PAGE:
3. Cafe Curtains
Each cafe curtain has two panels, which hang from a rod inserted at the tops of the panels. Cafe curtains are typically made of lightweight, breezy fabrics such as cotton or linen. They may cover the full kitchen window or just the bottom half. Cafe curtains come in many colors and styles, and they add the casual charm of a roadside cafe to your kitchen.
Full-Window Cafe Curtains
Full-length cafe curtains cover the window from top to bottom and sometimes go all the way to the floor. They provide privacy during the daytime when fully drawn. They also allow you to control the amount of natural light in the kitchen, as you can open them partway or all the way or keep them closed.
Because cafe curtains are typically constructed of lightweight and light-colored fabrics, they're not particularly effective at providing privacy at night. And, while they can block the sun's RV rays from entering your kitchen, they don't have the same insulative effect that some other types of window coverings do.
Half-Window Cafe Curtains
Half-window cafe curtains cover just the bottom half of the window. They allow substantial natural light to enter the kitchen through the top half of the window while still providing daytime privacy. However, they do not have a major sun-blocking or insulating effect. Half-window cafe curtains go best with casual chic or farmhouse decor.
4. Sheer Curtains
Sheer curtains hang from above the window to its bottom or all the way down to the floor. They are lightweight and gauzy, allowing light to filter through them while still providing a small measure of privacy and sunblocking.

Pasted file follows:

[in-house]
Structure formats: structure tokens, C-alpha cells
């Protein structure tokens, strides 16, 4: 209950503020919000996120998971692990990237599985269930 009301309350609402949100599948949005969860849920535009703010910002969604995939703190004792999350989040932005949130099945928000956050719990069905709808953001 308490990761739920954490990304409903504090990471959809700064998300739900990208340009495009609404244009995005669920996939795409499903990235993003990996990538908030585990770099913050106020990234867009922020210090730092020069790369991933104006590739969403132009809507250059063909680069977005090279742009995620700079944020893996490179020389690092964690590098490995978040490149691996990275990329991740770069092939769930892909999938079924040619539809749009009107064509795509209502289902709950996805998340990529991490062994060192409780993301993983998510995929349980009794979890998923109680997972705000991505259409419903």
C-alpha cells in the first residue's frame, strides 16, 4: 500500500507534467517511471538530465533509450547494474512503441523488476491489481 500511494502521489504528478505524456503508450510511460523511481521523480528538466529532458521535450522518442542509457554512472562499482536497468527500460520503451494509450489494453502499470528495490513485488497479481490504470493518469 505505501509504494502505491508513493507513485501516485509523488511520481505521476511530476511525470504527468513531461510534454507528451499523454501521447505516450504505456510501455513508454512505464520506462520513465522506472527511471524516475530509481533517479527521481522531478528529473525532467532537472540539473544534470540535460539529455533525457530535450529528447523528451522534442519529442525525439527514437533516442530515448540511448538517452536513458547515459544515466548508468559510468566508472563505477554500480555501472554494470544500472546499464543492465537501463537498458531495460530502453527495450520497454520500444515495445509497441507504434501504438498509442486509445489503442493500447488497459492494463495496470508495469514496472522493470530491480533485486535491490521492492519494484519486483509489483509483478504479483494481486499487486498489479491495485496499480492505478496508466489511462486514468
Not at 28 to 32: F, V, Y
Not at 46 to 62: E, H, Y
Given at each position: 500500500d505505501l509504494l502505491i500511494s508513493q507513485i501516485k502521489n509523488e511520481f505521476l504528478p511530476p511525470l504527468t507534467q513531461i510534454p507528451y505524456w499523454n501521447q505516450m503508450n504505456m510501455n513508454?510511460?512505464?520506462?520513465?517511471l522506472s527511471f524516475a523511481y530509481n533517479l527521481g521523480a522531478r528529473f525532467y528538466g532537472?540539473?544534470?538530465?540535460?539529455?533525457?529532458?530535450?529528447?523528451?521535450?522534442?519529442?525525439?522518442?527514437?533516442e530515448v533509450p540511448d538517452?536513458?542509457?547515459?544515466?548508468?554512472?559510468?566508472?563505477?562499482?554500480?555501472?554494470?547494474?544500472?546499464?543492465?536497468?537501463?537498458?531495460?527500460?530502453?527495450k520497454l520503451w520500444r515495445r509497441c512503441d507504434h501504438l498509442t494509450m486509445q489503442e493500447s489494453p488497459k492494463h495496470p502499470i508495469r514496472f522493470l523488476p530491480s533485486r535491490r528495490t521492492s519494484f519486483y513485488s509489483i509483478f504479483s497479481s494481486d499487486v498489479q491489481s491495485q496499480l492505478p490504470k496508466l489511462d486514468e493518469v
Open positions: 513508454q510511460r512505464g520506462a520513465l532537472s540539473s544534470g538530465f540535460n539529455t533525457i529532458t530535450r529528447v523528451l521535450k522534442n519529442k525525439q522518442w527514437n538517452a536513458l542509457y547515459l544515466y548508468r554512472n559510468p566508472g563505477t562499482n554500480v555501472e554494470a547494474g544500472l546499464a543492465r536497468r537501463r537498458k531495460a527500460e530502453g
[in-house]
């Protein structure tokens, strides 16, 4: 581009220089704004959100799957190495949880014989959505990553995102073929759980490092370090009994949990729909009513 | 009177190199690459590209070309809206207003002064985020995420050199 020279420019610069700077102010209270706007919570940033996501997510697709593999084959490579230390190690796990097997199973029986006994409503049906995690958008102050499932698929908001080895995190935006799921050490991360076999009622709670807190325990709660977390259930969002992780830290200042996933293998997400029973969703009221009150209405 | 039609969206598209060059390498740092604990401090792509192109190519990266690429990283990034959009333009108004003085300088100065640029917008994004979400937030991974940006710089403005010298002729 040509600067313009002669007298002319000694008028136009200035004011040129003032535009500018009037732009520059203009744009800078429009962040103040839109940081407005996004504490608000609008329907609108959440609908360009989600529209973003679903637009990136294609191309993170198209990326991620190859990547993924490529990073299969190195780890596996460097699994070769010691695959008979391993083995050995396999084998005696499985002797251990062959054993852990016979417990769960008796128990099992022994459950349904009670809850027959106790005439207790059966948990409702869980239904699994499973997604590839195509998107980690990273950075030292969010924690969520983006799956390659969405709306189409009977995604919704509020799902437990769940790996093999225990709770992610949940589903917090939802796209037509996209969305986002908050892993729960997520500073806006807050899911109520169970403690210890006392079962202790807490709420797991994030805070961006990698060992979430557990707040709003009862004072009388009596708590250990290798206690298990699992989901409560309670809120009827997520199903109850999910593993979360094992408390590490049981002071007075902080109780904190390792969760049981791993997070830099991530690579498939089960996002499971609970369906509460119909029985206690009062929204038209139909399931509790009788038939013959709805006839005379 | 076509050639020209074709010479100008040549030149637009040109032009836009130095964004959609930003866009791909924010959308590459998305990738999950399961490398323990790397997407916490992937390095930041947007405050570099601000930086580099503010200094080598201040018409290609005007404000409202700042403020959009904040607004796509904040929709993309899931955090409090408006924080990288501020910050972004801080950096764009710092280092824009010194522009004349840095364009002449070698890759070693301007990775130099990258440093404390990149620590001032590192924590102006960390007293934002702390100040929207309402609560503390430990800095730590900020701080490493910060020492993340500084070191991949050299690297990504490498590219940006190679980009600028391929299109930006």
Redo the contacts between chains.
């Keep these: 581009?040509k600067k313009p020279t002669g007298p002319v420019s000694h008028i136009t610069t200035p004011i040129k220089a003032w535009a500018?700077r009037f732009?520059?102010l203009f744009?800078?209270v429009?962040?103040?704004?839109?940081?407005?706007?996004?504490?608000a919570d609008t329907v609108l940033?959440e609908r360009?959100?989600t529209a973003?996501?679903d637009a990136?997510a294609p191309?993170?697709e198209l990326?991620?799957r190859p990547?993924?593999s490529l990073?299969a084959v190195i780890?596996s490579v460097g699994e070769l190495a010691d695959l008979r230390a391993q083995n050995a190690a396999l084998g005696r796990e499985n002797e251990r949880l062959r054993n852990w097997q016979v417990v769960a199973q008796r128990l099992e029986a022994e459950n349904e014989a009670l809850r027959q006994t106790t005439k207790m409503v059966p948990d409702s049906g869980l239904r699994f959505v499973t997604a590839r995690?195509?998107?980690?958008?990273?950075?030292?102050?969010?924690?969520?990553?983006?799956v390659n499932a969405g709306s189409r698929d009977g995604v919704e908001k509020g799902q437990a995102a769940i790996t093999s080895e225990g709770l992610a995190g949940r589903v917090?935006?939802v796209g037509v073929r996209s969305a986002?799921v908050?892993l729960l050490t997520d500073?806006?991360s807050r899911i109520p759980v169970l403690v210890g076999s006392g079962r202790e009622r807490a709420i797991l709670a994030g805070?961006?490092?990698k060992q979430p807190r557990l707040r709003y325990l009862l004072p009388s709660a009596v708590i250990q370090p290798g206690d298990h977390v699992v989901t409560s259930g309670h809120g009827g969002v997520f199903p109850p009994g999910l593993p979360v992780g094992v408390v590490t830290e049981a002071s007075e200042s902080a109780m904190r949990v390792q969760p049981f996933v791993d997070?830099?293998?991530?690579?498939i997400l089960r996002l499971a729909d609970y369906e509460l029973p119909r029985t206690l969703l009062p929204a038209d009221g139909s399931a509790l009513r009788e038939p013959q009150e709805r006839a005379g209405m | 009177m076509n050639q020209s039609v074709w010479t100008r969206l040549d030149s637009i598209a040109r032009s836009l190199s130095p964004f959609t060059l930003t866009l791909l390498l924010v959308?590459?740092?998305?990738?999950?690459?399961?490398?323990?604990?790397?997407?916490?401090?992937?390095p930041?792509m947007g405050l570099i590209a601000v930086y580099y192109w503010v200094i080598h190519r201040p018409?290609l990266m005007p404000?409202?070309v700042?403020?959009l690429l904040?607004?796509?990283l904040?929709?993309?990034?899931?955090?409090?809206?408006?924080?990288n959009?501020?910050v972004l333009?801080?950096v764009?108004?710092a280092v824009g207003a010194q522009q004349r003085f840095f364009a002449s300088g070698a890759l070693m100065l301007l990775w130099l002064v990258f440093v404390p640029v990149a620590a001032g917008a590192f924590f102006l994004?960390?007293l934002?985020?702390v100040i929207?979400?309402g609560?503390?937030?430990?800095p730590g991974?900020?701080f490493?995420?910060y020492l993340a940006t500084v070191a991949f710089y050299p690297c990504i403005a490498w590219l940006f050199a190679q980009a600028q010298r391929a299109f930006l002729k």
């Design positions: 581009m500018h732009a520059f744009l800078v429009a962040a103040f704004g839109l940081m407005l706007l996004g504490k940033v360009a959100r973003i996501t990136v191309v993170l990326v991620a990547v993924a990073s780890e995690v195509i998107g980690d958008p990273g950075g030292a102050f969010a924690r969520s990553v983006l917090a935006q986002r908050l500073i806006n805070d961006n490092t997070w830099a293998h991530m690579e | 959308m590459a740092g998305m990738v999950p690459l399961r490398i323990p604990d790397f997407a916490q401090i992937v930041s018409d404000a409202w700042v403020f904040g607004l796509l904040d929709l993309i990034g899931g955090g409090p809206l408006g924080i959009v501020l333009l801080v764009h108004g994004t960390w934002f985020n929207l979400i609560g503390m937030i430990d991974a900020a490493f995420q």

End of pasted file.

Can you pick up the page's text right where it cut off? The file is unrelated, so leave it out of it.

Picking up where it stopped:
Sheer curtains can hang by themselves, but they are usually used over mini-blinds or under heavier drapes. Although they typically come in white, you can find sheer curtains in almost any color.
In the kitchen, a sheer curtain can soften the harsh lines of countertops and appliances. Be careful where you place them, though. Because they are long and gauzy, they can easily blow into contact with your stove or other hot spots in the kitchen, causing a fire hazard.
5. Panel Curtains
Panel curtains are similar to sheer curtains and full-window cafe curtains in that they consist of two panels that hang from a rod at the top of the window. However, panel curtains are made of a heavier fabric than sheer or cafe curtains, making them better at blocking sunlight and heat from entering the kitchen. Many panel curtains are lined, which adds to their insulative properties.
You can control the natural light in your kitchen by opening your panel curtains wide or keeping them partly closed. If you prefer blackout conditions for complete privacy, close the curtains entirely. Panel curtains come in a wide variety of fabrics, patterns, and colors. They are versatile and complement any decor and kitchen style.
Unlike curtains, blinds do not consist of fabric panels; rather, they are constructed with horizontal slats of wood, metal, or vinyl held together by a system of cords and pulleys. You can open and close the entire blind by pulling a thick cord on the right-hand side of the unit. Or, you can change the angle of the slats by turning a rod that hangs down the opposite side of the blind.
If you keep them closed during peak sun hours, blinds are highly effective at keeping UV rays and the sun's heat out of your kitchen. They can also help you control the amount of ambient light in the kitchen, and they provide privacy. Because blinds are popular with homeowners of all income levels, they come in a range of qualities. Look carefully, and select the one that provides the best quality you can afford.